by Ray Kuhn
While Julio Teheran might be the ace for the Atlanta Braves, by default in a sense, the same should not be said for his status on your fantasy team. It feels like the right-hander has been around forever, but he is still just 26-years old.
After his struggles last season it doesn’t take a rocket scientist to come to that conclusion that he was overrated entering ’17 (his NFBC ADP was 108, making him the 25th starting pitcher selected). What I have noticed is that per early ADP data from Fantrax (65th starting pitcher with an ADP of 229), the trend has been to over correct for Teheran’s struggles.
Yes, Teheran did end the season with a 4.49 ERA as he had the worst season of his career both from a skill and statistical standpoint (his FIP was 4.95), but are there really 64 starting pitchers better than him? For all of the fantasy owners that decided, after seeing him come up short as compared to his ADP, that they weren’t going to own Teheran in 2018, early trends are suggesting that you take a closer look.
When you compare Teheran’s 4.49 ERA from 2017 with his career mark of 3.59, 4.06 FIP, it is clear that last season was an outlier. The question is how much of an outlier was it and how much of it was the pitcher Teheran truly is? As a baseline we can set our expectations for 2018 and beyond more in line with his career FIP. That drops him down from being the 25th best starting pitcher, as the market determined he was last season, but not as far down as the market currently has him.
The biggest theme are his splits. At home in Atlanta’s new park Teheran’s ERA was 5.86, but on the road it was 3.14. In the first half of the season his ERA was 4.79, but he did improve in the second half as he put up a 4.13 ERA. One season is not enough time to paint an accurate picture of Sun Trust Park, but having the benefit of the off-season should help him adjust. If you are taking Teheran as your fifth or sixth starter, he is not someone you are solely relying on and that allows him to become a streaming option.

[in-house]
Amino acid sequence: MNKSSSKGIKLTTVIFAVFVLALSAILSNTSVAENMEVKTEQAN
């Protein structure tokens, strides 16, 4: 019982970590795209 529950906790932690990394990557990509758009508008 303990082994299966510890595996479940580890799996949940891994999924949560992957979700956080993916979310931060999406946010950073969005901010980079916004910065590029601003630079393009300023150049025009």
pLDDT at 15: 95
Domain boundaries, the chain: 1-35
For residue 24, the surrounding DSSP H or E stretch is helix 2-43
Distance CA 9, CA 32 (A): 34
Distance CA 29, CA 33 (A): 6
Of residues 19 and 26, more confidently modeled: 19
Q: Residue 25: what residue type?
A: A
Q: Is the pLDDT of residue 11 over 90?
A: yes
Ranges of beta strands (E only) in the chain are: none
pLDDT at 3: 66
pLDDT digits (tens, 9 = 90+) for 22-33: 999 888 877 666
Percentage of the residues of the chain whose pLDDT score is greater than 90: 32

Before blaming the entirety of his struggles on the ballpark, until we have more data it’s difficult to determine how much blame it deserves, there are a few other things that don’t exactly paint Teheran in the most favorable light.
After striking out 7.99 batters per nine innings in 2016 to go along with a walk rate of 1.96 batters per nine innings, Teheran went in the wrong direction for 2017. The right-hander’s strikeout totals dropped to 7.22 per nine innings (7.67 career mark) while he had some real control issues walking 3.44 batters per nine innings (2.59 career). That, along with struggles against left-handed batters and a 40% ground ball rate, is not a recipe for success.
Another problem was with the long ball. He saw his home run per fly ball rate rise from 10% to 14%, but there was some bad luck involved. According to Baseball HQ, 9.4 of the 31 HR Teheran allowed last season were “undeserved”. The general implication is that in 2018 that trend will reverse, or at least reduce.
Teheran is not a pitcher I am going to plan my team around, but with his draft price where it is he likely will wind up on a lot of my teams. At that price there is no risk, only reward, and it is a far cry from where he was just one year ago.
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